Obama authorises airstrikes in Syria to fight Islamic State militants
WASHINGTON: Barack Obama has authorised airstrikes in
Syria for the first time in a major escalation of the military campaign against
the Islamic State.
In a live televised address, the US President also
announced expanded strikes in Iraq as part of a steady, relentless effort to
root out IS extremists. “We will hunt down terrorists who threaten our country,
wherever they are,” Obama told Americans.
“That means I will not hesitate to take action against
ISIL in Syria, as well as Iraq,” he said, using an acronym to describe the
group. “This is a core principle of my presidency: If you threaten America, you
will find no safe haven.”
The prime-time address came on the eve of the 13th
anniversary of the September 11 attacks. The President said that while there
was no evidence IS was plotting to strike America, “if left unchecked, these
terrorists could pose a growing threat beyond that region, including to the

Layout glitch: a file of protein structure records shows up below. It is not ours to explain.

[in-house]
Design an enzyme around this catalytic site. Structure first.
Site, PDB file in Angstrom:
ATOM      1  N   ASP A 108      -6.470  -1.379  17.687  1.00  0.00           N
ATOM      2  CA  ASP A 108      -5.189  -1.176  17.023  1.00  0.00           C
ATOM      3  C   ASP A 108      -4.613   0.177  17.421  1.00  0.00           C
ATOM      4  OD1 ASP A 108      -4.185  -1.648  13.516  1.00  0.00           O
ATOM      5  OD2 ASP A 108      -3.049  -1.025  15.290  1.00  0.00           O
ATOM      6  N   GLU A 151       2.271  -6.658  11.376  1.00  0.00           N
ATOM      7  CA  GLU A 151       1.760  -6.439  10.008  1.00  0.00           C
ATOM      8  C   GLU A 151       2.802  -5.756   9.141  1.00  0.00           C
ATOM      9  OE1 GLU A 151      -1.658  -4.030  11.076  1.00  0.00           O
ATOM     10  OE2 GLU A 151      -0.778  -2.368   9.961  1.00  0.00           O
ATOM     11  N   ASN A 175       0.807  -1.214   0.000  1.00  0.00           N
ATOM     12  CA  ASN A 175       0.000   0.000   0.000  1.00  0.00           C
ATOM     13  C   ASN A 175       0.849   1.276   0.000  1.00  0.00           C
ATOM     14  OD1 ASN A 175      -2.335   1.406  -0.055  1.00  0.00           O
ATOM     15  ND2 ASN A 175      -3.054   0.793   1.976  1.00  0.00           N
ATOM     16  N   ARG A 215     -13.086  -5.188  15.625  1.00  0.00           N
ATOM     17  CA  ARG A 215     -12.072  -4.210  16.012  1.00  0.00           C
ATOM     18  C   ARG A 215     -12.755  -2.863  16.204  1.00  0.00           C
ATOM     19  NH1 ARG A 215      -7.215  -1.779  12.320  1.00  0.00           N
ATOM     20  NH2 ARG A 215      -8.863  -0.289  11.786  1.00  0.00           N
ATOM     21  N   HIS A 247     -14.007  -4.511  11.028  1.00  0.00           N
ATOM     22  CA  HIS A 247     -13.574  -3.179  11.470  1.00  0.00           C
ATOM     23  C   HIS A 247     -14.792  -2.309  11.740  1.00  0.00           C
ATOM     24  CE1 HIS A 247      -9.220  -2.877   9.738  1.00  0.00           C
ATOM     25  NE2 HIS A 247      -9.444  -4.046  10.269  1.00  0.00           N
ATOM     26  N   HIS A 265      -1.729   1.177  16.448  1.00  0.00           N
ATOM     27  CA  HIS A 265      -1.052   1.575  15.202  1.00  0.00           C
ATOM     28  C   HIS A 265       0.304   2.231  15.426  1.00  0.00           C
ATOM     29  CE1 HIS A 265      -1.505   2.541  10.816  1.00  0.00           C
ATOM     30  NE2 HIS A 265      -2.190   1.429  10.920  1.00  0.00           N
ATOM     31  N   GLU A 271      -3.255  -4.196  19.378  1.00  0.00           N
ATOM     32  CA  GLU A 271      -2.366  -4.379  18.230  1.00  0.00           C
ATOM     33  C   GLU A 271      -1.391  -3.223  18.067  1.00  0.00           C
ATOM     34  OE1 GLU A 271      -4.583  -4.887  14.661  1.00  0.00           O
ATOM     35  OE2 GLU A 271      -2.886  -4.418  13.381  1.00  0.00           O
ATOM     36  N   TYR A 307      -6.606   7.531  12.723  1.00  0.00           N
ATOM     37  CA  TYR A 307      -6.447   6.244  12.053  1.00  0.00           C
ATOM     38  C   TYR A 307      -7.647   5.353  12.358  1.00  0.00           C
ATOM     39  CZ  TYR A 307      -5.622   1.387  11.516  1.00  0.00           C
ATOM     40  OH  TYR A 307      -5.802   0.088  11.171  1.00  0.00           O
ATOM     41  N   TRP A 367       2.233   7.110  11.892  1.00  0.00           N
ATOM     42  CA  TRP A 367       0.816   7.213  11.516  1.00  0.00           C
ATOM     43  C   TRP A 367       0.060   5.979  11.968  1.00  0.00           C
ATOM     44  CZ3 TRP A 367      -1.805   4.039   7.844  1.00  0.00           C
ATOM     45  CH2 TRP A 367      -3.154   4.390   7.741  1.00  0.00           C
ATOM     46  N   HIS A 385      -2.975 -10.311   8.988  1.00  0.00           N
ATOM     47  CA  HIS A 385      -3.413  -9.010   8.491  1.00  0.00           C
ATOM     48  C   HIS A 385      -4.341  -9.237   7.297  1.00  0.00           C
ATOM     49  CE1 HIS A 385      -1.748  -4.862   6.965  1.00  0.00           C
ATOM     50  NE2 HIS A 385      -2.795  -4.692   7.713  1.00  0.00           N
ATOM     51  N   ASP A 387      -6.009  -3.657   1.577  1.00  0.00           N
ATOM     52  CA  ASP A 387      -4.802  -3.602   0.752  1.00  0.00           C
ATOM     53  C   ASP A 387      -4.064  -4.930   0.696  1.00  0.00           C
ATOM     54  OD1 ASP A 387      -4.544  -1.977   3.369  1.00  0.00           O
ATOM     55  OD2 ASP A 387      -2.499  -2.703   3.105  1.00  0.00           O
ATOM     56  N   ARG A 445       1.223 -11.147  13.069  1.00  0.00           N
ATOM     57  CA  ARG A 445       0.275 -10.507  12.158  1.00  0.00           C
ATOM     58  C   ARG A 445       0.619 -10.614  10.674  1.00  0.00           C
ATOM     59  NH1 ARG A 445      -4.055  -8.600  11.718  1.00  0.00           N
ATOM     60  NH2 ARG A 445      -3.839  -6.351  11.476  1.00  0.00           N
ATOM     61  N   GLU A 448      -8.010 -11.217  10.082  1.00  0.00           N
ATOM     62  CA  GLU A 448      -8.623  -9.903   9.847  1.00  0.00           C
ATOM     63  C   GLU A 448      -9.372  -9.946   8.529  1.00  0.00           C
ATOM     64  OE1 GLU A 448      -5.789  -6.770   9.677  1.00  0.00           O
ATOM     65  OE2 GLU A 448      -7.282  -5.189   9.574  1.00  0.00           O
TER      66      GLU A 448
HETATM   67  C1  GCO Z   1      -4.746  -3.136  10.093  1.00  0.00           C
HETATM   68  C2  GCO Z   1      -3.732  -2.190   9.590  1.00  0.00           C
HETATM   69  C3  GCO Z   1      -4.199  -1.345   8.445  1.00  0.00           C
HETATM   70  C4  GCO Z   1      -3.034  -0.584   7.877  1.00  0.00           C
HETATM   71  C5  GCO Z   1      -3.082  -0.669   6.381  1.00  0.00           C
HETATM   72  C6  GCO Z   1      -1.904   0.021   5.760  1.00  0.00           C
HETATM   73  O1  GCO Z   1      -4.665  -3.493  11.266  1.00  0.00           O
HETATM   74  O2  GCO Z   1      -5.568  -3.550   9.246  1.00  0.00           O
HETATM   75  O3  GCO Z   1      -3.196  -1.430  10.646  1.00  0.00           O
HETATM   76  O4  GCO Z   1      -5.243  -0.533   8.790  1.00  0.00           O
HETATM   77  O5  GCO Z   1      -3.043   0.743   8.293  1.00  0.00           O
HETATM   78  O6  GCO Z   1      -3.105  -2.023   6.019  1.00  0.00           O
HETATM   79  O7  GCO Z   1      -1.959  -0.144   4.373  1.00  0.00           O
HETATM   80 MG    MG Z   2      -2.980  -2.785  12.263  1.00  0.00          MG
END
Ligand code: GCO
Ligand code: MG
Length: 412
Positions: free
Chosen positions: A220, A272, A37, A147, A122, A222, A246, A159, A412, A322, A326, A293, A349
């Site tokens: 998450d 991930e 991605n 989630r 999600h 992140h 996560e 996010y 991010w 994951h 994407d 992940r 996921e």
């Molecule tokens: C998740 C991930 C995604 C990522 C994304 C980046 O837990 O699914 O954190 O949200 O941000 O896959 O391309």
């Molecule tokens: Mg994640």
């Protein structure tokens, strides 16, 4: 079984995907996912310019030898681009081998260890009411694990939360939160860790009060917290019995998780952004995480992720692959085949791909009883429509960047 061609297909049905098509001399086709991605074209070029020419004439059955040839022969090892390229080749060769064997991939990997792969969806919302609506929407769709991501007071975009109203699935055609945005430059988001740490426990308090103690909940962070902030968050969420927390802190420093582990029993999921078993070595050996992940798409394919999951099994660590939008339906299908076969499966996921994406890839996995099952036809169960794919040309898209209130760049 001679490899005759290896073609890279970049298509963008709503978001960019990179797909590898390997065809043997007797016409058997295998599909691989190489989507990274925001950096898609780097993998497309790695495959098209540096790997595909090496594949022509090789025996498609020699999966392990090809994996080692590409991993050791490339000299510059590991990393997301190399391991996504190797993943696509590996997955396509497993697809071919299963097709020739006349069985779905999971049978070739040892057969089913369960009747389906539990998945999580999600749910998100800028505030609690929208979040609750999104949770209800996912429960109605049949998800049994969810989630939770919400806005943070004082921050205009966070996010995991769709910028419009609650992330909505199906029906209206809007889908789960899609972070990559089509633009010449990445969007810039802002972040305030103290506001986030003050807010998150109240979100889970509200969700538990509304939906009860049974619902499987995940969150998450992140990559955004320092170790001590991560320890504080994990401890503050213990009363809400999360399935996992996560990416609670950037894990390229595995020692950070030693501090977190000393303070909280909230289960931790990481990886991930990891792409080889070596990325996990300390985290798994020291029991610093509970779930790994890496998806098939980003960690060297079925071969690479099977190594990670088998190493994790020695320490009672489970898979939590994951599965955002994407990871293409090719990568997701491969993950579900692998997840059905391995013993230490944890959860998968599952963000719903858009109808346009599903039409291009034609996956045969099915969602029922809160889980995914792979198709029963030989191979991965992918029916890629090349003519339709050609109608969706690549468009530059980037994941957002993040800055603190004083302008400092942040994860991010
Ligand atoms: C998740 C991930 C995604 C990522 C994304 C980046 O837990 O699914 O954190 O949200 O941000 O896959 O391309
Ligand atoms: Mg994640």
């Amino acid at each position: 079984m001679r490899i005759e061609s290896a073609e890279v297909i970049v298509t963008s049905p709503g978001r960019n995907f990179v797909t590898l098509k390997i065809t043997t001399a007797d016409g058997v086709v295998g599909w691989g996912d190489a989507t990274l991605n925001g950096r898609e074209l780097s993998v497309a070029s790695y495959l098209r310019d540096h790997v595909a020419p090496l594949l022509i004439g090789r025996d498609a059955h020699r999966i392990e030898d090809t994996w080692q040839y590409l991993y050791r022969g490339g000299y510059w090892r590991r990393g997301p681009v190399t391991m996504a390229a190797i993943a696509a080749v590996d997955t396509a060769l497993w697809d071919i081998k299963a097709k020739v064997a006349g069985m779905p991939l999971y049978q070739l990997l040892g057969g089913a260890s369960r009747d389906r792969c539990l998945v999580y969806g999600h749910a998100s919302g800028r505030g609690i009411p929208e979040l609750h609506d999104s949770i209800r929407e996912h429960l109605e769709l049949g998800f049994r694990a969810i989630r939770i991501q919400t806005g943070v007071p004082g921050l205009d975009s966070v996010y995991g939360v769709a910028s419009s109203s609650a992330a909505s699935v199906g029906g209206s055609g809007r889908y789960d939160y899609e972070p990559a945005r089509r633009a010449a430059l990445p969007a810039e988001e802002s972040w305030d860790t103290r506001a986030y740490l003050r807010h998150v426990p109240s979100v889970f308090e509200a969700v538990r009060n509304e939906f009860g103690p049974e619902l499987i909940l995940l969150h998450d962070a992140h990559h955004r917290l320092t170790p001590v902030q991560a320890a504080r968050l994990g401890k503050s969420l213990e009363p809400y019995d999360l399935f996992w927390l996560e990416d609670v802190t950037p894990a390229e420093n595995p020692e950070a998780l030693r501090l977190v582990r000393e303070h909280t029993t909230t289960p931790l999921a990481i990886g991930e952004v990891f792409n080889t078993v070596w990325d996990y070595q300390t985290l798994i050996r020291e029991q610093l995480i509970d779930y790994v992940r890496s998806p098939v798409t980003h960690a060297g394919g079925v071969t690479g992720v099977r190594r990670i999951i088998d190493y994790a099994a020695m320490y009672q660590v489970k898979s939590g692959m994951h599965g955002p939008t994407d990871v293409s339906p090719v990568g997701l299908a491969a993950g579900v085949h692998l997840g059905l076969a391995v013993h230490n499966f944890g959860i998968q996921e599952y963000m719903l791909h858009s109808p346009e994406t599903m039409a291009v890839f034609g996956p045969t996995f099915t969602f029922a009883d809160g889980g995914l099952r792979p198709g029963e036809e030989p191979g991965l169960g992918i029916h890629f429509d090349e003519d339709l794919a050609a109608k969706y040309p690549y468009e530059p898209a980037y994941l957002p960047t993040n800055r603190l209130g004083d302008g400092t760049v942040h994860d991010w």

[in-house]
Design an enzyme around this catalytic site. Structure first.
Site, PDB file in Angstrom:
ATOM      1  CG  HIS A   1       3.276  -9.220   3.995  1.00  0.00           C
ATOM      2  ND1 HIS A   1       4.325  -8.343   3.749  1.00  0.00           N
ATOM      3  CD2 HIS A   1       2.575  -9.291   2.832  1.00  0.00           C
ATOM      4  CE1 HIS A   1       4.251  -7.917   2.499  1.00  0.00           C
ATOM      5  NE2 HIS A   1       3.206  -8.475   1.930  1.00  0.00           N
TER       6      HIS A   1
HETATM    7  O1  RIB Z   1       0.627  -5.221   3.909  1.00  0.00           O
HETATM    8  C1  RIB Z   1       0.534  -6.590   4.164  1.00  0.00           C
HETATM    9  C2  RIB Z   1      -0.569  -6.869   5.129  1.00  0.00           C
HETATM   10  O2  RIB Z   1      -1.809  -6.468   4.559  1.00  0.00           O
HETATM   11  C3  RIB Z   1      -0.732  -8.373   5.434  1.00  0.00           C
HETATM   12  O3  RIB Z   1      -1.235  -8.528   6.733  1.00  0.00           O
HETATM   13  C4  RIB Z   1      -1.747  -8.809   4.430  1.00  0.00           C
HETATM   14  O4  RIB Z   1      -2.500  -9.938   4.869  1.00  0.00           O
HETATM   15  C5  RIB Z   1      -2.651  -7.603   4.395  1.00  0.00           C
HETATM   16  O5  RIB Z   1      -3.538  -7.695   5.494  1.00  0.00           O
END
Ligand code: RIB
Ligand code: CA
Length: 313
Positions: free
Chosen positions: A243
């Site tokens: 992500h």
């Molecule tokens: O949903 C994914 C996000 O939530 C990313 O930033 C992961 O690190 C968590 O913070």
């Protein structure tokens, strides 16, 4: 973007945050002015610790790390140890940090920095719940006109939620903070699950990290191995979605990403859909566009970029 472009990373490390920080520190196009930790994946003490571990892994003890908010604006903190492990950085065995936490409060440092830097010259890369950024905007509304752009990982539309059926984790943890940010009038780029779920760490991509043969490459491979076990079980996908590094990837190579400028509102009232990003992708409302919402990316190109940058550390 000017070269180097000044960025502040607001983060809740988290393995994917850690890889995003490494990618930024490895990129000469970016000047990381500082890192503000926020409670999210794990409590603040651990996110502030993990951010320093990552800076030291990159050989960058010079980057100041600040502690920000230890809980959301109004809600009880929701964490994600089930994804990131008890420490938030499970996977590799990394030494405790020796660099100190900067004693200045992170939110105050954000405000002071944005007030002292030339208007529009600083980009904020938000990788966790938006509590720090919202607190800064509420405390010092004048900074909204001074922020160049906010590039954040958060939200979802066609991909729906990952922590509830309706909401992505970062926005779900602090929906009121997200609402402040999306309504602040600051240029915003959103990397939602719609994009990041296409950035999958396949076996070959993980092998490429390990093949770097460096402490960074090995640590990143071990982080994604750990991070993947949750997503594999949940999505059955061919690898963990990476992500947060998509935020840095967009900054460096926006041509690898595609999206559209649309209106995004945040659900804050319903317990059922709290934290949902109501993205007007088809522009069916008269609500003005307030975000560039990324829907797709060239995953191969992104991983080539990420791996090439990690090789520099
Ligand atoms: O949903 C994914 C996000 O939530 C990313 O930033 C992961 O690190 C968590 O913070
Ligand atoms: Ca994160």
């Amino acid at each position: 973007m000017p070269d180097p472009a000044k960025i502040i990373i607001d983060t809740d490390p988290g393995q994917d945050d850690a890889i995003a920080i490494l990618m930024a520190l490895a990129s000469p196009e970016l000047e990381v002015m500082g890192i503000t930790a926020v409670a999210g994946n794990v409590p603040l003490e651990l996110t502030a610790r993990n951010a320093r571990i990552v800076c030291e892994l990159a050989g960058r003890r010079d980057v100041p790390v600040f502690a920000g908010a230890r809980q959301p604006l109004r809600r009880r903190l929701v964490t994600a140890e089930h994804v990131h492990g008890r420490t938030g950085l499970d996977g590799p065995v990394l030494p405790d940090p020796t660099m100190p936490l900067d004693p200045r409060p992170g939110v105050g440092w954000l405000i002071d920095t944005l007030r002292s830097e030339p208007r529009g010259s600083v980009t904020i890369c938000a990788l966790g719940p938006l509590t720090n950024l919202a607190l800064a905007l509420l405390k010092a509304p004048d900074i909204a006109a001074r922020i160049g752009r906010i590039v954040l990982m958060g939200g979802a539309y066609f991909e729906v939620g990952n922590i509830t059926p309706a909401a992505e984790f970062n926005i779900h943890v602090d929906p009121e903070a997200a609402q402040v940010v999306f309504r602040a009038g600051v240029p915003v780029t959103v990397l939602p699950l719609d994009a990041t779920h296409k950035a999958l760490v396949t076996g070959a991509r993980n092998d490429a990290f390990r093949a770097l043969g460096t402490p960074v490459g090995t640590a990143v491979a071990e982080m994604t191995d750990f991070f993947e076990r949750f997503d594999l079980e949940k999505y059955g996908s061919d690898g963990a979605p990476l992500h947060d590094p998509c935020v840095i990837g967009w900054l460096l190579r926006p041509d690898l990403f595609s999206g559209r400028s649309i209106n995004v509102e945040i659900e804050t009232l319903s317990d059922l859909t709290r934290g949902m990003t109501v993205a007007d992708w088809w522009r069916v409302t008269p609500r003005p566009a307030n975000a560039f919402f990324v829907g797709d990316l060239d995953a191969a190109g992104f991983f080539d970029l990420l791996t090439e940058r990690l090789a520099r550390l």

The decision to authorise airstrikes in Syria marks a
turnabout for the President, who had been wary of dragging the US military into
a country embroiled in a three-year civil war. Last year, he shied away from
airstrikes to punish Syrian President Bashar al Assad for using chemical
weapons against his own people.
The plans also amounted to a striking shift for a
President who rose to political prominence in part because of his early
opposition to the Iraq war.
Obama said he was dispatching nearly 500 more US
troops to assist Iraqi security forces and conduct intelligence and
reconnaissance flights, bringing the total number of American forces sent there
this summer to more than 1,500.
But he insisted the military would not be dragged into
another ground war, saying that "these American forces will not have a
combat mission" and that the campaign "will not involve American
combat troops fighting on foreign soil".
The President also urged Congress to authorise a
programme to train and arm Syrian rebels who are fighting both the Islamic
State militants and the Assad regime.
IS has been on the warpath in Iraq and Syria, taking
large swathes of territory and putting US lives at risk, according to the White
House. In the last few weeks, IS has released videos of its militants beheading
kidnapped American journalists James Foley and Steven Sotloff.